The old American dream of owning and managing one’s own business is alive and well–stronger now than ever before. Latest statistics show that one out of every three Americans is involved in a new or small business. Many of these businesses are small home-based or virtual companies that are revitalizing the U.S. economy and employing over half of the working population, creating more jobs than are being lost through downsizing.

Coming up with a business idea

Some people decide they want to start their own business after coming up with a great idea. Other people know they want to be their own boss, but they don’t know what they want to do. If you fall into the latter category, you need to decide what type of business you want to start before you can begin thinking about anything else. Paying attention to your skills and the current entrepreneurial trends may help you decide what type of business to go into.

Getting help for minority owned business

If you are a member of a minority, disabled or a woman, you should be aware of special programs that help small and minority-owned businesses get started. The federal government often limits competition for contractors to small or minority-owned businesses. The Small Business Administration also has business development programs for minority business owners.

Choosing a form of business

Once you’ve got your business idea, you can start the process of making your business legal. Your first step should be to decide the legal structure of your business. There are four main types of businesses: sole proprietorships, partnerships, corporations and limited liability companies. Sole proprietorships are the simplest to set up but have the greatest risk of personal liability. Corporations and limited liability companies are more difficult to set up but protect owners from liability.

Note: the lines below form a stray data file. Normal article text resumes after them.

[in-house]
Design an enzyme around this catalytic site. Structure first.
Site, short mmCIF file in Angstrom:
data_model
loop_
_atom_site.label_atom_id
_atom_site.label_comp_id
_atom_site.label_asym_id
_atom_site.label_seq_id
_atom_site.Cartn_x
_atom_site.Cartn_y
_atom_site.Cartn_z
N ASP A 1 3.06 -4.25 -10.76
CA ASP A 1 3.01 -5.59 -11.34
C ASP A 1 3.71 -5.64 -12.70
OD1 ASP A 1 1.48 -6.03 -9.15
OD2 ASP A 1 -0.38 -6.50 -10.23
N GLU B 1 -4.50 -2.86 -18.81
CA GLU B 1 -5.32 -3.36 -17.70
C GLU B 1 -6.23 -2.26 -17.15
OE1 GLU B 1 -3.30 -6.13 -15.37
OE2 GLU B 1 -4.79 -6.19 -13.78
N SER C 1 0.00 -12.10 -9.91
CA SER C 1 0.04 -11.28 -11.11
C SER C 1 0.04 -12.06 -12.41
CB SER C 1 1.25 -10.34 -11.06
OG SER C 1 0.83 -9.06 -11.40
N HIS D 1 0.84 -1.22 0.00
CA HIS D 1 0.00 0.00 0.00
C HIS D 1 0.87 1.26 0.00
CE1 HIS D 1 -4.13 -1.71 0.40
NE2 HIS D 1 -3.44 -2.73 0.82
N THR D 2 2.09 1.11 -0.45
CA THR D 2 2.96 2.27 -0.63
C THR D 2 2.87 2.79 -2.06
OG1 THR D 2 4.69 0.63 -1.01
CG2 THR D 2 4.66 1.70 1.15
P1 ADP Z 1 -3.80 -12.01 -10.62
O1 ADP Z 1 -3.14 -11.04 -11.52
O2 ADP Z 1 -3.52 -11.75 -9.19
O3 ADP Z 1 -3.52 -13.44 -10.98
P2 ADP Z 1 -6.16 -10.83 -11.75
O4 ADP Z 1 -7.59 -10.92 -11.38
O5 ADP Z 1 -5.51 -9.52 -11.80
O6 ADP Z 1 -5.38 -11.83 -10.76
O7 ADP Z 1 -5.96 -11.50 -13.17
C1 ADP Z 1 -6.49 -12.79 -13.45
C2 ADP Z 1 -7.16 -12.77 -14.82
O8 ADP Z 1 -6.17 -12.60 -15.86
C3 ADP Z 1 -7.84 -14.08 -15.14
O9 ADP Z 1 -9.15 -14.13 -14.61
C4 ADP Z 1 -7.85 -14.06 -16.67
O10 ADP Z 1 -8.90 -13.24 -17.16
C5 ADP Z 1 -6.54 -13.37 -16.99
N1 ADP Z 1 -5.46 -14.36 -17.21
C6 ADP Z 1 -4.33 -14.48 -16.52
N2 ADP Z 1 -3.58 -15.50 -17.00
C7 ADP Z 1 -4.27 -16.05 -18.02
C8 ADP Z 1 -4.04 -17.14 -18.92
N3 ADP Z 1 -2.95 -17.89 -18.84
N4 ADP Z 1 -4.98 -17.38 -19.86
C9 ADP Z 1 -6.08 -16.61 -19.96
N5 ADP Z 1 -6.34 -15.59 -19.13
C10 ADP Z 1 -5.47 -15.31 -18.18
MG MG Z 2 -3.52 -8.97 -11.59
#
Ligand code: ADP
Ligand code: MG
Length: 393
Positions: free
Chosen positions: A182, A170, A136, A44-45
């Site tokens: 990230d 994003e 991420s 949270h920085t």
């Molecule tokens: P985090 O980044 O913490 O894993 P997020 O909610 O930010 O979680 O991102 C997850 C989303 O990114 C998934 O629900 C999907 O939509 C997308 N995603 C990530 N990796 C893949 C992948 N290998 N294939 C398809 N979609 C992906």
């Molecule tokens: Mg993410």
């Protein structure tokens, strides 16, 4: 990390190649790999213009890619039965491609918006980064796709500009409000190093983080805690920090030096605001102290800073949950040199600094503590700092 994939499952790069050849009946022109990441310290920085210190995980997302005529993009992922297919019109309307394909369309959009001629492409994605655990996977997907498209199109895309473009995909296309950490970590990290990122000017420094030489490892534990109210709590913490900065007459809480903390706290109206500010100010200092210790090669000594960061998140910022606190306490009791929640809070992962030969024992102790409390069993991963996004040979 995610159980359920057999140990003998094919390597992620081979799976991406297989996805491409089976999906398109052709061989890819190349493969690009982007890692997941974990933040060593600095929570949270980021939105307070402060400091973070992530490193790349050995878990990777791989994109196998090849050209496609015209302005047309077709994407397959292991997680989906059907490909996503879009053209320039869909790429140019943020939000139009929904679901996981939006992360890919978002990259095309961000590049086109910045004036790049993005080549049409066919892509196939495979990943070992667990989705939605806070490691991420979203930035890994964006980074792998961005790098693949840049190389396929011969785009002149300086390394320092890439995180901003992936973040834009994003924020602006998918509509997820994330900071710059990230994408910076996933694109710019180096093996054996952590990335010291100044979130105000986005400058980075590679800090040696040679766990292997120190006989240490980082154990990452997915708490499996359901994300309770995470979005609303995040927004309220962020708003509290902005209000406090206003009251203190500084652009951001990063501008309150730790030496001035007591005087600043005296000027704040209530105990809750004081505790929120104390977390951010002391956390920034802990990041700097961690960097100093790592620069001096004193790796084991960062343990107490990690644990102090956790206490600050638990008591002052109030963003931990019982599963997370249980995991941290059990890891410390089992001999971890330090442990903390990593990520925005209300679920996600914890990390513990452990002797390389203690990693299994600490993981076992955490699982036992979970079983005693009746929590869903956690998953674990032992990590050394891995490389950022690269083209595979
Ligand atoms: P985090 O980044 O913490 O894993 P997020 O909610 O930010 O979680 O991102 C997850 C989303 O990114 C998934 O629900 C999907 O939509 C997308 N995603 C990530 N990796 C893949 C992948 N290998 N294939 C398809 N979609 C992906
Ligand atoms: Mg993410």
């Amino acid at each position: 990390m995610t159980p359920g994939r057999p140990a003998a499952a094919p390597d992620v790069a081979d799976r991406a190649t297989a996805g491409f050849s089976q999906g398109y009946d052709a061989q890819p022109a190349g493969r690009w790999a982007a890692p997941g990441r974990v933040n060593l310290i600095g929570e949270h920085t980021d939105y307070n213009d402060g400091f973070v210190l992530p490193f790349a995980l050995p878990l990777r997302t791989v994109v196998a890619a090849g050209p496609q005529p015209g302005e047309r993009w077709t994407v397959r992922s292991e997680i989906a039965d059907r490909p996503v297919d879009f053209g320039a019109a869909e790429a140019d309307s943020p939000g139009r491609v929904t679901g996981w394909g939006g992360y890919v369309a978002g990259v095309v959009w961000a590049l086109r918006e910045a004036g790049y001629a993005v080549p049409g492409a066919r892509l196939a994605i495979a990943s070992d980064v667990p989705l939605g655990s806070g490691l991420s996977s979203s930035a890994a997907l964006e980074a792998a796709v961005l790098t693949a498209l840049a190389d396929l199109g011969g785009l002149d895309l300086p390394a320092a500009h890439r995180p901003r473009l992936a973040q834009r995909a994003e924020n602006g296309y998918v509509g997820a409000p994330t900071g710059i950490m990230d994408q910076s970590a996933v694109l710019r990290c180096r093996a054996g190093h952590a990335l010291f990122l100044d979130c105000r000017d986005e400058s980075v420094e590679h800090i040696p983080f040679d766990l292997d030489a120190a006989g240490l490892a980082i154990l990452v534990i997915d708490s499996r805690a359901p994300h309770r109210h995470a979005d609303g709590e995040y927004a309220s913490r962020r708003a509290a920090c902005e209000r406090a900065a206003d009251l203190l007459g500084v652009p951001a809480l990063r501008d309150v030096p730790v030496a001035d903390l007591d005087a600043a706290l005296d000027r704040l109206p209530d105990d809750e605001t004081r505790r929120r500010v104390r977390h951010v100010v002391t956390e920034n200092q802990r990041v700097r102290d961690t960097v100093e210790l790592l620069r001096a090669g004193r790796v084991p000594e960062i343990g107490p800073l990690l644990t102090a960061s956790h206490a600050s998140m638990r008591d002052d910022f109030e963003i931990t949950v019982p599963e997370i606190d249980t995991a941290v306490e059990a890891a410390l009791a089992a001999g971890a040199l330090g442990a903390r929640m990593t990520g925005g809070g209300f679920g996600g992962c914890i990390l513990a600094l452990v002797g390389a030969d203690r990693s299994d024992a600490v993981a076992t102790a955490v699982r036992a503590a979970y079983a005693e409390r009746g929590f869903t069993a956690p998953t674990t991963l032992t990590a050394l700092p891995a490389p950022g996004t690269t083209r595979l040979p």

Getting financing

A new business won’t go anywhere without financing. Financing can come from many sources, including bank loans, venture capital, private placement and the sale of stock.

Naming the business

One of your first steps should be to come up with a name for your business. The name should be catchy and not too general. Before settling on any name, you need to make sure the name is available. Once you’ve decided on a name, you will need to register it with the state.

Choosing a business location

Another thing to consider when starting a business is where to locate the business. There are a number of choices, including:

  • locating a business in your home,
  • locating a business in a business incubator, and
  • renting commercial space.

If you decide to rent a space, you will need to negotiate a beneficial commercial lease. There are steps you can take to reduce your rent and reduce the security deposit.

Hiring service providers

Once you’ve got a location, you need to have electricity, phones, computer equipment, etc. It is important to compare companies and services and know the right questions to ask a potential service provider.

Buying a business

Instead of starting a new business from scratch, you may have the option to buy a business. By buying an existing business, you can better assess the business’s risk. You may not have to wait years for it to become profitable, and you can avoid businesses with no market potential or technological problems.

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